Belarus authorities began preparations for the presidential and parliamentary elections and tried to ease the protest mood with the financial methods. In foreign policy, the trend of balancing between Russian, European, and Chinese directions is still preserved.
Domestic policy: Stake on the security services and tightened control
The Belarusian authorities continued to pursue the policy of economic liberalization, removed the barriers for the business development and even scheduled the tax reform in the conditions of the reduction in budgetary resources. Thus, Aleksandr Lukashenko supported the proposals of the business community on the business decriminalization (the Criminal Code enactment about illegal entrepreneurship and pseudo-entrepreneurship). The Ministry of Finance considers reducing the income and the profit tax in the midterm.
Military and security forces tried to ease the protest mood and decrease the number of unauthorized campaigns with such financial mechanisms as high penalties for the participants. At the same time, the authorities made some concessions to the opposition and civil society by permitting to hold the public events in a reduced format with respect for the authorities. So, on March, 25 the Freedom Day (an informal celebration of the Independence Day, the day, when the Belarusian People’s Republic was established in 1918) gathered about 30 thousand people in Minsk. The authorities also sanctioned the traditional opposition campaign “Chernobyl way” on April, 26 in memory of the Chernobyl Nuclear Power Plant tragedy of 1986, but they slightly altered organizers’ plans.
Aleksander Lukashenko continued to rely on the security services when making decisions on rotating the officials, for which the anti-corruption investigations were actively used as a tool. Only in May-June, the head of the Presidential Administration department (abuse of power), 33 officials from the healthcare sector (systematic bribes while purchasing medical equipment and medicines), the assistant to the president of Belarus – the inspector for the Grodno region Sergey Rovnieko (bribery in the amount of $200 thousand) were under investigation.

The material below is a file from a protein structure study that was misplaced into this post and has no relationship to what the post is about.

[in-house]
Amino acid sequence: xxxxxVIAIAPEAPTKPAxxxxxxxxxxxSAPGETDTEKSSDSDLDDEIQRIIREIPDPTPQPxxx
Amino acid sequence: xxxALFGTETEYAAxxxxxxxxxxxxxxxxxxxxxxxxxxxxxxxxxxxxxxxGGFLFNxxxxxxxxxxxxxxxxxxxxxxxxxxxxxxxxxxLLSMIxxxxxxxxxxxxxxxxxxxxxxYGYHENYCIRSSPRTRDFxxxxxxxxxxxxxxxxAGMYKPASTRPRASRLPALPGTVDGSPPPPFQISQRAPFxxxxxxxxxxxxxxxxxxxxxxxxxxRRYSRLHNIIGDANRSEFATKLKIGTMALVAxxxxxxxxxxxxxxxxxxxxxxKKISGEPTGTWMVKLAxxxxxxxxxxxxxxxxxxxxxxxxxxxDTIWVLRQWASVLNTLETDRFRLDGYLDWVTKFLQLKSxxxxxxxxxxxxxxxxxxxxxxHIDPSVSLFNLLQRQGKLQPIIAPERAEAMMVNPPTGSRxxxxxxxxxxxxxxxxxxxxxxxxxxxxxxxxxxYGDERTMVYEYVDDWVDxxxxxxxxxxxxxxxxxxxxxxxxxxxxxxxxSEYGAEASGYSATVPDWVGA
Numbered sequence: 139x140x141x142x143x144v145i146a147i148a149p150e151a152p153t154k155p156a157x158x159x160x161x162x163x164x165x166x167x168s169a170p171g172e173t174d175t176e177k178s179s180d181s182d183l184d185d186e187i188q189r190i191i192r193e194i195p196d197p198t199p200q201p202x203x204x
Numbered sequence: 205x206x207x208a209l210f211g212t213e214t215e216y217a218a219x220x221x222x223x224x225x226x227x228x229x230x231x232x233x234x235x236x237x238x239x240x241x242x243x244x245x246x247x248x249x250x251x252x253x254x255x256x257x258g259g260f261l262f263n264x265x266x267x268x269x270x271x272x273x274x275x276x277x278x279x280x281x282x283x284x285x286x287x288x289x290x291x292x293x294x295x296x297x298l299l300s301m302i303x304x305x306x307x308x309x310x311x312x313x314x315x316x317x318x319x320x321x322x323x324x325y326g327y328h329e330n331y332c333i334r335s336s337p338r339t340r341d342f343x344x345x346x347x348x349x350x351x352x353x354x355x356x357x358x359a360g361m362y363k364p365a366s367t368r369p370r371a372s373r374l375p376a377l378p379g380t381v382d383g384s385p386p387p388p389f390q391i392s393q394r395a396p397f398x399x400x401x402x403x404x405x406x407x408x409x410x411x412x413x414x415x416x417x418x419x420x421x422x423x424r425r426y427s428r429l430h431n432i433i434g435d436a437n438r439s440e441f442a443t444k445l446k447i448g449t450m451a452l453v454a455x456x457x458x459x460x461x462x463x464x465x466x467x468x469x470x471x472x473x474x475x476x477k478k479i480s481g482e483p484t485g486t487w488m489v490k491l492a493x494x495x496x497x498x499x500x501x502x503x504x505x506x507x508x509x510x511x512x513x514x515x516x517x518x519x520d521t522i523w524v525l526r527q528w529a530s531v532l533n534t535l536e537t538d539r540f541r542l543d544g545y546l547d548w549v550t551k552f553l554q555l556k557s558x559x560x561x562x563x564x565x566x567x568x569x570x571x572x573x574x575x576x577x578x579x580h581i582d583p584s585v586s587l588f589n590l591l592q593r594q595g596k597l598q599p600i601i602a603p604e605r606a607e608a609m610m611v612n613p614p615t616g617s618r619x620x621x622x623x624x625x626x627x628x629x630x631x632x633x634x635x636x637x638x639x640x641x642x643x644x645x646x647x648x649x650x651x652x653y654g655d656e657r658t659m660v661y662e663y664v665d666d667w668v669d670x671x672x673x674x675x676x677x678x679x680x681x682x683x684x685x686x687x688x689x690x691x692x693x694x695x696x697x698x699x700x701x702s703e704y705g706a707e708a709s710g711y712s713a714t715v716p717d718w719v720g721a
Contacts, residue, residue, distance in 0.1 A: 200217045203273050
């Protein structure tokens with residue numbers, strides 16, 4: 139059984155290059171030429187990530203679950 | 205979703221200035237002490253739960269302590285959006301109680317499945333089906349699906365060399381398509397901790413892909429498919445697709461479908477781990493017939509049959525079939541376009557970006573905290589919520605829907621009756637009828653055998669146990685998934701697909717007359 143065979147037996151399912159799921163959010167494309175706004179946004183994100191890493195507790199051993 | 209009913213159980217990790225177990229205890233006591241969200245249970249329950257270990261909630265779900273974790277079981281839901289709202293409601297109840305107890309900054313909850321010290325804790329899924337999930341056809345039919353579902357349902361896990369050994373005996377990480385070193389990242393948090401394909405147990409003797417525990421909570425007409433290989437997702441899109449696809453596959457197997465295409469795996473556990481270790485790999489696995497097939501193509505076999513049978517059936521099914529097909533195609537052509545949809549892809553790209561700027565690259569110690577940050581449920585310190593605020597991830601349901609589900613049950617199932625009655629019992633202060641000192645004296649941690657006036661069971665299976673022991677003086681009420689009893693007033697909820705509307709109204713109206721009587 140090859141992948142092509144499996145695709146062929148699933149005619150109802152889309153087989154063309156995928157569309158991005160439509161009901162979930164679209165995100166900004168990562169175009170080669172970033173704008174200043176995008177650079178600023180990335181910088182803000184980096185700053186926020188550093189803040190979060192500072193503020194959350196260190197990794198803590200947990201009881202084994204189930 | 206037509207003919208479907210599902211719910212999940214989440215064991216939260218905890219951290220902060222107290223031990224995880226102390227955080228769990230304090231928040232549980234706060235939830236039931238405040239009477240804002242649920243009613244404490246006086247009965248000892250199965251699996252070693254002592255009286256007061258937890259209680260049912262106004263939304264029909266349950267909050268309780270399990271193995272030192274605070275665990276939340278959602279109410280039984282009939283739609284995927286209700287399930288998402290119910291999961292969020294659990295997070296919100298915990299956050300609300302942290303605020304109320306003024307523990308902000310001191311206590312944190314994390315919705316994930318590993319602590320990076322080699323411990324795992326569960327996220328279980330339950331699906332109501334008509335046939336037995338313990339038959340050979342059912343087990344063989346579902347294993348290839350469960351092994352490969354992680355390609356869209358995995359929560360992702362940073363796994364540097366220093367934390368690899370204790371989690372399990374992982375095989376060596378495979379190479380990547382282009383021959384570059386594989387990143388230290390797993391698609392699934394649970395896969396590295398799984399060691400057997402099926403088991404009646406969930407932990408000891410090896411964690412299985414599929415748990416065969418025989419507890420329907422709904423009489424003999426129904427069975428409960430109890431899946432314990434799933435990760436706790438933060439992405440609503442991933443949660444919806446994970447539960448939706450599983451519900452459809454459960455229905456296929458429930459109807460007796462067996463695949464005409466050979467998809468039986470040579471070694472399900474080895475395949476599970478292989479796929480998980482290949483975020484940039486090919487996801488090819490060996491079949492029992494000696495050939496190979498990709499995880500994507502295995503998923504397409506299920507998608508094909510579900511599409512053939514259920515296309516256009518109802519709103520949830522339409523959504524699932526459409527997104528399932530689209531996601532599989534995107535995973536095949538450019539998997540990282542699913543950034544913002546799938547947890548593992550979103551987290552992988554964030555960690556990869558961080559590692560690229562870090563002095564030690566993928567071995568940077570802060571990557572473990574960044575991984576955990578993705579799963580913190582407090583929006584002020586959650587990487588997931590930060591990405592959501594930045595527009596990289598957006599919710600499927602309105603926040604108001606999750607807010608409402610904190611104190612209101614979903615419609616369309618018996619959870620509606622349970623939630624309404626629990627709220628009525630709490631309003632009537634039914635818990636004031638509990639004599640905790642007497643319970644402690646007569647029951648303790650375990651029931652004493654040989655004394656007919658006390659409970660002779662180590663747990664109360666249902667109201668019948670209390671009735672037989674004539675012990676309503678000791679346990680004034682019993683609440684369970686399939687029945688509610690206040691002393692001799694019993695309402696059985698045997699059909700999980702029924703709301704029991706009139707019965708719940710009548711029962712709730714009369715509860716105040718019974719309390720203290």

Meanwhile the KGB, headed by Valeriy Vakulchik, significantly strengthens its position compared to the other military and security forces and government staff in general, as it influences not only the resignations but also appointments. In its turn, the role of the Ministry of Internal Affairs, headed by Igor Shunevich, becomes less important, as the opposition protest activity decreased. The Interior Ministry is also trying to engage in an anti-corruption war. It appears that Belarusian authorities have already started preparations to the presidential and parliamentary campaigns of 2019-2020. In April, Belarus parliament adopted changes to the law on mass media in the first reading, including registration of online media and mandatory identification of commentators on the websites. The MPs disregarded the proposals of the civil society and the journalist associations. The developers of these innovations believe that such tightening of the rules on commenting on the Internet should reduce the level of criticism of the Belarusian leadership, and decrease the politicization of the population for the electoral period. These measures are also designed to limit external influence on public opinion and interference in the election campaign, primarily from the Kremlin.
Economy: Small steps strategy and new industrialization